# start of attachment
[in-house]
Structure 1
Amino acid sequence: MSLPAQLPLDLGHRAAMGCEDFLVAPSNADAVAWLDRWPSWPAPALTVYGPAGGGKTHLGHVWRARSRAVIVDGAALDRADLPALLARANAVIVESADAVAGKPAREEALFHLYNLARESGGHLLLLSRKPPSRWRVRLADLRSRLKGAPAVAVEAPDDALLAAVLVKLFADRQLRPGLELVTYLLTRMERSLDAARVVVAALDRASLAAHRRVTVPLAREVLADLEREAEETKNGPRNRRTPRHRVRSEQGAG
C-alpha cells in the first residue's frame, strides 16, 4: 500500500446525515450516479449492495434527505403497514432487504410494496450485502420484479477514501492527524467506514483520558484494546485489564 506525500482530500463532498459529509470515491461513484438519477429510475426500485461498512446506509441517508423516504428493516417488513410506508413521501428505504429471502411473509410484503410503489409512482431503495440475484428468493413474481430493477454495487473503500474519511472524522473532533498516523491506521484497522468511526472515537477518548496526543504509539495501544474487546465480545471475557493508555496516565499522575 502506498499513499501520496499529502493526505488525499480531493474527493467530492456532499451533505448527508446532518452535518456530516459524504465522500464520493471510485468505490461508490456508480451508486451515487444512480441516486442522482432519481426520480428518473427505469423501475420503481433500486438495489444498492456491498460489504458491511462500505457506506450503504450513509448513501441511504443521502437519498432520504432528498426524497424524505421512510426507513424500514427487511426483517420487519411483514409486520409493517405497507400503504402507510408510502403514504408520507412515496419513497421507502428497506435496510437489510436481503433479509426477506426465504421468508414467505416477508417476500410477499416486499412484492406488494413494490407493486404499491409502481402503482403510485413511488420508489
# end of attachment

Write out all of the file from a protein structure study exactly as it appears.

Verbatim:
[in-house]
Structure 1
Amino acid sequence: MSLPAQLPLDLGHRAAMGCEDFLVAPSNADAVAWLDRWPSWPAPALTVYGPAGGGKTHLGHVWRARSRAVIVDGAALDRADLPALLARANAVIVESADAVAGKPAREEALFHLYNLARESGGHLLLLSRKPPSRWRVRLADLRSRLKGAPAVAVEAPDDALLAAVLVKLFADRQLRPGLELVTYLLTRMERSLDAARVVVAALDRASLAAHRRVTVPLAREVLADLEREAEETKNGPRNRRTPRHRVRSEQGAG
C-alpha cells in the first residue's frame, strides 16, 4: 500500500446525515450516479449492495434527505403497514432487504410494496450485502420484479477514501492527524467506514483520558484494546485489564 506525500482530500463532498459529509470515491461513484438519477429510475426500485461498512446506509441517508423516504428493516417488513410506508413521501428505504429471502411473509410484503410503489409512482431503495440475484428468493413474481430493477454495487473503500474519511472524522473532533498516523491506521484497522468511526472515537477518548496526543504509539495501544474487546465480545471475557493508555496516565499522575 502506498499513499501520496499529502493526505488525499480531493474527493467530492456532499451533505448527508446532518452535518456530516459524504465522500464520493471510485468505490461508490456508480451508486451515487444512480441516486442522482432519481426520480428518473427505469423501475420503481433500486438495489444498492456491498460489504458491511462500505457506506450503504450513509448513501441511504443521502437519498432520504432528498426524497424524505421512510426507513424500514427487511426483517420487519411483514409486520409493517405497507400503504402507510408510502403514504408520507412515496419513497421507502428497506435496510437489510436481503433479509426477506426465504421468508414467505416477508417476500410477499416486499412484492406488494413494490407493486404499491409502481402503482403510485413511488420508489